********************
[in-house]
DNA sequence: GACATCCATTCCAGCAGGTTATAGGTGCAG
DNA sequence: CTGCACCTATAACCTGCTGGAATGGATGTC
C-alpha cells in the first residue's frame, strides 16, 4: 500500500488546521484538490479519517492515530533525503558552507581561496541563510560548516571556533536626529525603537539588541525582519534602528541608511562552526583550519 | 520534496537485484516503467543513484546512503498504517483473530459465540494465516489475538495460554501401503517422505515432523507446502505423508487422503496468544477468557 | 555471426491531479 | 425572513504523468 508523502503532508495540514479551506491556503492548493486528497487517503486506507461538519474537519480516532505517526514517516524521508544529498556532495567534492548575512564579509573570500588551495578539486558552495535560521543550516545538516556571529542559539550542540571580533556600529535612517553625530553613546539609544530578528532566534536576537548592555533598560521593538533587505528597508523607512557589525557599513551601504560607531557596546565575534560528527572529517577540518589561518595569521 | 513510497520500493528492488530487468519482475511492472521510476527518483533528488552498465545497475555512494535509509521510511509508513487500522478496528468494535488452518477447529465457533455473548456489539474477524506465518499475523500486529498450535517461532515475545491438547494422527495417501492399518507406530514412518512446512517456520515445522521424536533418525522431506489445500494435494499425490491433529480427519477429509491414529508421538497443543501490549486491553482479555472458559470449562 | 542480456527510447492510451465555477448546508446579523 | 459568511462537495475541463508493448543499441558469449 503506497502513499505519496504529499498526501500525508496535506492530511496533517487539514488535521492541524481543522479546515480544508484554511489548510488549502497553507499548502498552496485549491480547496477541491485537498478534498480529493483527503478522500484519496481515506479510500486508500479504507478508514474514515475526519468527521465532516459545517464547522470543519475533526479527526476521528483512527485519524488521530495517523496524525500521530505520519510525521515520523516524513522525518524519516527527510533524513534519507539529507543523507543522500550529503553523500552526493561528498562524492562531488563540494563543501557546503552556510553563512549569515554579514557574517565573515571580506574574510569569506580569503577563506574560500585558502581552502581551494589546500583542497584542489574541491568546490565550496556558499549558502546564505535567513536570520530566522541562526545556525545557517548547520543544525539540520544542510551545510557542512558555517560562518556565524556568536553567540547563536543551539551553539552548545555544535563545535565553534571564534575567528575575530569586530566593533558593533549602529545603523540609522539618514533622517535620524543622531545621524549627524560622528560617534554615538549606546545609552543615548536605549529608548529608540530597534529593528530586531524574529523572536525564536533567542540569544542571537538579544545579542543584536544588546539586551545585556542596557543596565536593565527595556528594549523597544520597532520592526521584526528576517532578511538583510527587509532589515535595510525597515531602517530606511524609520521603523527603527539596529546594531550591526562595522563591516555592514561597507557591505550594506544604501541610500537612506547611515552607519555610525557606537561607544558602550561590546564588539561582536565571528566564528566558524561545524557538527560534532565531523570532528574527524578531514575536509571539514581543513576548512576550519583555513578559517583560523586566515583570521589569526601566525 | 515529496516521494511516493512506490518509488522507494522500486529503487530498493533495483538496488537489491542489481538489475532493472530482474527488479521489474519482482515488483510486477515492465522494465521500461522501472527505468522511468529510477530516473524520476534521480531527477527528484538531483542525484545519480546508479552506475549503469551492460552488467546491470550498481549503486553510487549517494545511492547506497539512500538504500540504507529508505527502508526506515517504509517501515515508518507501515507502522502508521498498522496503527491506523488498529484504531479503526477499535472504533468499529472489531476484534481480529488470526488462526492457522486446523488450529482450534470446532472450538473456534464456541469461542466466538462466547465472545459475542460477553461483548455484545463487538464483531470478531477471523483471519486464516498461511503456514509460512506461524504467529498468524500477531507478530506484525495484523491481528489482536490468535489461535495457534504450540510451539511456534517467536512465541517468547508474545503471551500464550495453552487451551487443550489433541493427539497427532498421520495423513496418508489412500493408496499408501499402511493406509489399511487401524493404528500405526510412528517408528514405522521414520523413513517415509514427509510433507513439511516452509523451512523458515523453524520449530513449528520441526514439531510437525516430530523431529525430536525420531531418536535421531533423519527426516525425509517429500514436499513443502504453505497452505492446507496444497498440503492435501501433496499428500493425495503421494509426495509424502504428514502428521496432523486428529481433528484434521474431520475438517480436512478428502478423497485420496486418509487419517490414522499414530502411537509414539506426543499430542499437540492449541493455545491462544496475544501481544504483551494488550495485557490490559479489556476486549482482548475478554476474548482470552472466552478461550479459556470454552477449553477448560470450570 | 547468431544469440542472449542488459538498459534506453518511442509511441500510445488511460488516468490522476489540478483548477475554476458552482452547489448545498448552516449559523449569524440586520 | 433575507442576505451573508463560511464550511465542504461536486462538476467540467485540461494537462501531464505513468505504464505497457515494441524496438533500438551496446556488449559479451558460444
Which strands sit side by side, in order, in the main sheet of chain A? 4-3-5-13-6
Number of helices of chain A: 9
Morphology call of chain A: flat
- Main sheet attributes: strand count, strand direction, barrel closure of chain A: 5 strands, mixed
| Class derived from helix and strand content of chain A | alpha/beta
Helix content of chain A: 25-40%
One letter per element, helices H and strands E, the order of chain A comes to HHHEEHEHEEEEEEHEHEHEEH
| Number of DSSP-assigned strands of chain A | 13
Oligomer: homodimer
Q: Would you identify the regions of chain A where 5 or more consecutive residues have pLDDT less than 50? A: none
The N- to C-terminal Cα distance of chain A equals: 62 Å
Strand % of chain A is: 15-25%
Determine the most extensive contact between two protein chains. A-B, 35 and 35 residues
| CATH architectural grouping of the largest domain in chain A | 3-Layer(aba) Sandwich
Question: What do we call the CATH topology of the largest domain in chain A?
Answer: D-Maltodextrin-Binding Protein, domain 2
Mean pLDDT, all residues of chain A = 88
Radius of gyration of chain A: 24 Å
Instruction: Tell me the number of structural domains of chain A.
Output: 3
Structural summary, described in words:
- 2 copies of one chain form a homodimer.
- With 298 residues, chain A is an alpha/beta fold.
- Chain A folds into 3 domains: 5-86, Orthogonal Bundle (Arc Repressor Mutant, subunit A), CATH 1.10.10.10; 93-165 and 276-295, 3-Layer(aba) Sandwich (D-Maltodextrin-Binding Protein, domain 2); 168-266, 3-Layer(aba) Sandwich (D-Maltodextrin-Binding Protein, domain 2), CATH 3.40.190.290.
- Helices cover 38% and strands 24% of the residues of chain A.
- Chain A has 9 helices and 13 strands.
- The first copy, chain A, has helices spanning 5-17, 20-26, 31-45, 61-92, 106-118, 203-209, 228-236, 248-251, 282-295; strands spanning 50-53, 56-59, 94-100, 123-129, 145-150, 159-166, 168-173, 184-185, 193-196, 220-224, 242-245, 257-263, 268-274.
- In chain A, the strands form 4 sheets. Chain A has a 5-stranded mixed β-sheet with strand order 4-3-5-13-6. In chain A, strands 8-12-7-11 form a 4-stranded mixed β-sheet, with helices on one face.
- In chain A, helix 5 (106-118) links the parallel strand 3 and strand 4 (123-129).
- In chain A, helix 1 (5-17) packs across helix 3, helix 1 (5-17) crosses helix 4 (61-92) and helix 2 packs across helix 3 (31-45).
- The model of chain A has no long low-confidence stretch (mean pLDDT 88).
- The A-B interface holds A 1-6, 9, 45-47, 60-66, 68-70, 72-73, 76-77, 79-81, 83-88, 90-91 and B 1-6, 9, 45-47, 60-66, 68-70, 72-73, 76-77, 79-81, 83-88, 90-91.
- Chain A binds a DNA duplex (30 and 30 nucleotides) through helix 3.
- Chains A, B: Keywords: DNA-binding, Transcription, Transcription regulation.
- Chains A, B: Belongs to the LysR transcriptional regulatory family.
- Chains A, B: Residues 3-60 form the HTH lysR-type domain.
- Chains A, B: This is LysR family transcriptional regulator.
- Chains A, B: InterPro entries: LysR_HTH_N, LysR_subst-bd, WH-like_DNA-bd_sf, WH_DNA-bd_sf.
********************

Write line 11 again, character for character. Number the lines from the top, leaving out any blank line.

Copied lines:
One letter per element, helices H and strands E, the order of chain A comes to HHHEEHEHEEEEEEHEHEHEEH